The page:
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Gaza pullout to resume Sunday

Israel: No injuries after Palestinian militants fire mortars

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JERUSALEM (CNN) -- Israeli forces are to resume the forced evacuation of Jewish communities in Gaza on Sunday -- after a 24-hour pause Saturday.

Two Gaza settlements -- Atzmona and Katif -- are scheduled for eviction Sunday before Netzarim is emptied on Monday. A fourth settlement Elei Sinai has not been formally cleared but is reported to be empty.

The pullout -- an emotional turning point for Israelis -- was implemented by Prime Minister Ariel Sharon and while opinion polls show a majority support the plan, the pullback has angered settlers.

Some settlers don't want to leave because they believe Gaza is part of the traditional Jewish homeland. Some say the move rewards terrorists and will lead to more attacks from Palestinian terrorists.

Israel also will withdraw its troops from Gaza.

On Saturday, Palestinian militants fired a mortar round that damaged a greenhouse in the Israeli community of Netiv Ha'asara, just north of Gaza, Israeli military officials said.

Overnight, militants fired two mortar rounds in and near Gaza, which caused no damage or injuries, officials said.

One shell landed near an army post abutting the settlement of Neve Dekalim in southern Gaza and another landed near the Israeli community of Nahal Oz, just east of Gaza, the officials said.

Police said Friday that 85 percent of Gaza's 8,500 or so Jewish settlers have been evacuated. It was unknown how many, if any, protesters who had entered Gaza in advance of the pullout remained.

"It's been a very successful, albeit extremely painful mission this week," Israel Defense Forces spokeswoman Capt. Yael Hartman said.

Sharon announced the plan in December 2003 in hopes of reinvigorating the Israeli-Palestinian peace process.

Protesters in Gadid agreed to leave peacefully but insisted on being led or carried out one-by-one as a symbolic protest.

Palestinians election date set

Palestinian Authority president Mahmoud Abbas confirmed Saturday that Palestinian legislative elections will be held January 25. (Full story)

The elections initially were set for July but Abbas postponed them, wanting to have them after Israel evacuated all Gaza settlements and four settlements in the West Bank.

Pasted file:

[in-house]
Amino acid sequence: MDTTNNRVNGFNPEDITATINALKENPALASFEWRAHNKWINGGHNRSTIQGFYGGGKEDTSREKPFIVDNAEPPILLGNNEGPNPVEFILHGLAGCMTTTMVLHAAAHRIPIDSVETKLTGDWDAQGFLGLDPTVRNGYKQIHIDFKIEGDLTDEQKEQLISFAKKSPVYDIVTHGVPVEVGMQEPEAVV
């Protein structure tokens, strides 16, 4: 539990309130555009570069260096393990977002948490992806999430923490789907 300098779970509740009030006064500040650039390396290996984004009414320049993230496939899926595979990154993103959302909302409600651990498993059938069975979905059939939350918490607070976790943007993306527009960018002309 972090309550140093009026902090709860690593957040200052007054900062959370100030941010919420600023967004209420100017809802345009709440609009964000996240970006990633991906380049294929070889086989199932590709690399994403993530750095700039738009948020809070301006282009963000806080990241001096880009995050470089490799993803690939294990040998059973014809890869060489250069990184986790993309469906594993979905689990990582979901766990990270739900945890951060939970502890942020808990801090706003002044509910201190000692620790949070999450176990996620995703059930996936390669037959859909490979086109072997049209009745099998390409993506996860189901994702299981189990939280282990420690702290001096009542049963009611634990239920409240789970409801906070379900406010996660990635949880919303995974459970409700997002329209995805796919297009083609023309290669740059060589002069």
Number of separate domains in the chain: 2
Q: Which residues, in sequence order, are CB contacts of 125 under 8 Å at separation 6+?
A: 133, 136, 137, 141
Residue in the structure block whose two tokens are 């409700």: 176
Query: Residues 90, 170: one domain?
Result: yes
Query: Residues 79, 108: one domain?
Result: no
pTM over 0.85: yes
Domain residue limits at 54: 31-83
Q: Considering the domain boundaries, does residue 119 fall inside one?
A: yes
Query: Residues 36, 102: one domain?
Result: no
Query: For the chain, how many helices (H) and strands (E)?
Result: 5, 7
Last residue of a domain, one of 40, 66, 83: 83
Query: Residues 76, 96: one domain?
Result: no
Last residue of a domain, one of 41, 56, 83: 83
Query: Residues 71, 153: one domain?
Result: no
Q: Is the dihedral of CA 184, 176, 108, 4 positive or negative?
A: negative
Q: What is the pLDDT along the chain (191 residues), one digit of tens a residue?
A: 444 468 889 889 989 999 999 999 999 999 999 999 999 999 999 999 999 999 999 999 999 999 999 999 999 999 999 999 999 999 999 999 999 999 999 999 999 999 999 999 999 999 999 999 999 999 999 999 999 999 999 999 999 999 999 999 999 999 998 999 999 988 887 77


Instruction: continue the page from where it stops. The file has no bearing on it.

On Friday Abbas told a cheering crowd that Israel's withdrawal from Gaza was "the fruits of sacrifices" of Palestinians.

"My brothers, we are living these days in historical joy, a great joy, with the dismantling of settlements out of the Gaza Strip," Abbas said.

"This exit of the settlers is the result of sacrifices of our people, the patience of our people ... and the wisdom of our people."

Palestinian leaders have long criticized Sharon's disengagement plan, saying it was wrong for Israel to take such a step unilaterally rather than through negotiations. Recently, Palestinian leaders have expressed hope for the plan.

Abbas said the most important task for Palestinians is to build a successful, productive society in Gaza "so it will become a model of civilization for the rest of the world."

Settlements remain

As Abbas spoke, Israel Defense Forces announced it was building ditches to separate the Jewish settlements of Gush Katif from Palestinian areas "to prevent Palestinians from entering the communities of Gush Katif during the disengagement process."

The evacuations, which began Wednesday, had been expected to last up to three weeks. But Israeli officials said this week that, at their current pace, evacuations from Gaza could be completed by Tuesday.

Israel has controlled Gaza, a 140-square-mile piece of coastal land between Israel and the Mediterranean Sea, since the Six-Day War in 1967. Israeli settlers in Gaza lived separated from a Palestinian population of 1.3 million.

The evacuations of all 21 settlements in Gaza and four small areas of the West Bank are an effort to restart the peace process with Palestinians. The pullout is the largest peacetime operation in Israel's military history.

Settlers were offered compensation packages ranging from $250,000 to $500,000 per family, but those who remained beyond a Monday deadline and a 48-hour grace period stand to lose up to a third of their amount.

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